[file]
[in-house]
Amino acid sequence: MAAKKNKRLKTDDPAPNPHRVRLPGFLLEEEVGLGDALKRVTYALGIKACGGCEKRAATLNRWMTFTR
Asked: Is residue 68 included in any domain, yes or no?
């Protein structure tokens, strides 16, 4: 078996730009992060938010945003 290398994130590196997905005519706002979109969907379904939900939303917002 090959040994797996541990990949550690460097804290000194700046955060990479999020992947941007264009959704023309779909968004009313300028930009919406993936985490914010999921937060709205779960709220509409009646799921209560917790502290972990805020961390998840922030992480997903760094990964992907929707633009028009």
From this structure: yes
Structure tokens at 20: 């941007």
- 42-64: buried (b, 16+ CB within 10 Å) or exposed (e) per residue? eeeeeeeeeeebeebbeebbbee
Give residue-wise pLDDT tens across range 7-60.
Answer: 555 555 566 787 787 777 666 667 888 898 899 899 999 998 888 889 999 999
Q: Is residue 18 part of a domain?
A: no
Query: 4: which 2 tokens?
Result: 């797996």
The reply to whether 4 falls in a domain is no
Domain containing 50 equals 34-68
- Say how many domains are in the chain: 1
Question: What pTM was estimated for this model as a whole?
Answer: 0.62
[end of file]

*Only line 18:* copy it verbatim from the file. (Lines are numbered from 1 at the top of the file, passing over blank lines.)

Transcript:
Answer: 0.62